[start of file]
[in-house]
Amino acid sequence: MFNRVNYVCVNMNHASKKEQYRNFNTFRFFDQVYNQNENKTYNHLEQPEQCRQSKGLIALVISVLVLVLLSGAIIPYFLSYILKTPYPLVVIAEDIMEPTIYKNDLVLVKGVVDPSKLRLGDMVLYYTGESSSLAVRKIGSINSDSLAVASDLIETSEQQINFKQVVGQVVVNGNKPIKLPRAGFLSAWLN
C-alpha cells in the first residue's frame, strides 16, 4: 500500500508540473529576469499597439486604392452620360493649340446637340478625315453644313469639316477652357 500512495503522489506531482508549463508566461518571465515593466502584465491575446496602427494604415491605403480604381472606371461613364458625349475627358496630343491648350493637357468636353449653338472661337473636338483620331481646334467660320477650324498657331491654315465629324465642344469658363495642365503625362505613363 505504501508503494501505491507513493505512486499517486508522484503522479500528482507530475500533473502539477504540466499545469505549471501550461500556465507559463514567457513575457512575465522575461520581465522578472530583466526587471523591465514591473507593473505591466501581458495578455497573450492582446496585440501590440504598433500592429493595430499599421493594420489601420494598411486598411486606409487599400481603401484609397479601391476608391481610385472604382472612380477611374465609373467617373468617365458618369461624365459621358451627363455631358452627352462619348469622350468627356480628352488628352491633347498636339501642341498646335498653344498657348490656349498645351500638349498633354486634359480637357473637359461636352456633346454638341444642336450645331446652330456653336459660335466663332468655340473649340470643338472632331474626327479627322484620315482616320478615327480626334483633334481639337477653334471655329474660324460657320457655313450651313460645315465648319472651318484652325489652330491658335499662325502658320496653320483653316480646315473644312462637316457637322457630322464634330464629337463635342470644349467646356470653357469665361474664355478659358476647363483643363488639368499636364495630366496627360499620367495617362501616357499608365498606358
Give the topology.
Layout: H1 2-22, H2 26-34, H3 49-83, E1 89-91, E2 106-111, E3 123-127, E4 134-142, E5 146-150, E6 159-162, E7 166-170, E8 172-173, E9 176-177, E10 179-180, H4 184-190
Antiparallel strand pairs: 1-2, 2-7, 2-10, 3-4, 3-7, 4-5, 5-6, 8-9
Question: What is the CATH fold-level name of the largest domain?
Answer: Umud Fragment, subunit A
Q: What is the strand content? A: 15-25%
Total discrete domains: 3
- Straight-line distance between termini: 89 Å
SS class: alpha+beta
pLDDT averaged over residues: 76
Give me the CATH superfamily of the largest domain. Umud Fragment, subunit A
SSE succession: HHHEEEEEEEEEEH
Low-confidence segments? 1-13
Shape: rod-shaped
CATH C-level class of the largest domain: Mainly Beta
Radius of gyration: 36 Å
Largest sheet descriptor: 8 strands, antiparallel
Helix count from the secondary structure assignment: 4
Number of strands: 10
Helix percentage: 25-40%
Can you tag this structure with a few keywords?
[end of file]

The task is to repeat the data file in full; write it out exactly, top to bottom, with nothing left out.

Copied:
[in-house]
Amino acid sequence: MFNRVNYVCVNMNHASKKEQYRNFNTFRFFDQVYNQNENKTYNHLEQPEQCRQSKGLIALVISVLVLVLLSGAIIPYFLSYILKTPYPLVVIAEDIMEPTIYKNDLVLVKGVVDPSKLRLGDMVLYYTGESSSLAVRKIGSINSDSLAVASDLIETSEQQINFKQVVGQVVVNGNKPIKLPRAGFLSAWLN
C-alpha cells in the first residue's frame, strides 16, 4: 500500500508540473529576469499597439486604392452620360493649340446637340478625315453644313469639316477652357 500512495503522489506531482508549463508566461518571465515593466502584465491575446496602427494604415491605403480604381472606371461613364458625349475627358496630343491648350493637357468636353449653338472661337473636338483620331481646334467660320477650324498657331491654315465629324465642344469658363495642365503625362505613363 505504501508503494501505491507513493505512486499517486508522484503522479500528482507530475500533473502539477504540466499545469505549471501550461500556465507559463514567457513575457512575465522575461520581465522578472530583466526587471523591465514591473507593473505591466501581458495578455497573450492582446496585440501590440504598433500592429493595430499599421493594420489601420494598411486598411486606409487599400481603401484609397479601391476608391481610385472604382472612380477611374465609373467617373468617365458618369461624365459621358451627363455631358452627352462619348469622350468627356480628352488628352491633347498636339501642341498646335498653344498657348490656349498645351500638349498633354486634359480637357473637359461636352456633346454638341444642336450645331446652330456653336459660335466663332468655340473649340470643338472632331474626327479627322484620315482616320478615327480626334483633334481639337477653334471655329474660324460657320457655313450651313460645315465648319472651318484652325489652330491658335499662325502658320496653320483653316480646315473644312462637316457637322457630322464634330464629337463635342470644349467646356470653357469665361474664355478659358476647363483643363488639368499636364495630366496627360499620367495617362501616357499608365498606358
Give the topology.
Layout: H1 2-22, H2 26-34, H3 49-83, E1 89-91, E2 106-111, E3 123-127, E4 134-142, E5 146-150, E6 159-162, E7 166-170, E8 172-173, E9 176-177, E10 179-180, H4 184-190
Antiparallel strand pairs: 1-2, 2-7, 2-10, 3-4, 3-7, 4-5, 5-6, 8-9
Question: What is the CATH fold-level name of the largest domain?
Answer: Umud Fragment, subunit A
Q: What is the strand content? A: 15-25%
Total discrete domains: 3
- Straight-line distance between termini: 89 Å
SS class: alpha+beta
pLDDT averaged over residues: 76
Give me the CATH superfamily of the largest domain. Umud Fragment, subunit A
SSE succession: HHHEEEEEEEEEEH
Low-confidence segments? 1-13
Shape: rod-shaped
CATH C-level class of the largest domain: Mainly Beta
Radius of gyration: 36 Å
Largest sheet descriptor: 8 strands, antiparallel
Helix count from the secondary structure assignment: 4
Number of strands: 10
Helix percentage: 25-40%
Can you tag this structure with a few keywords?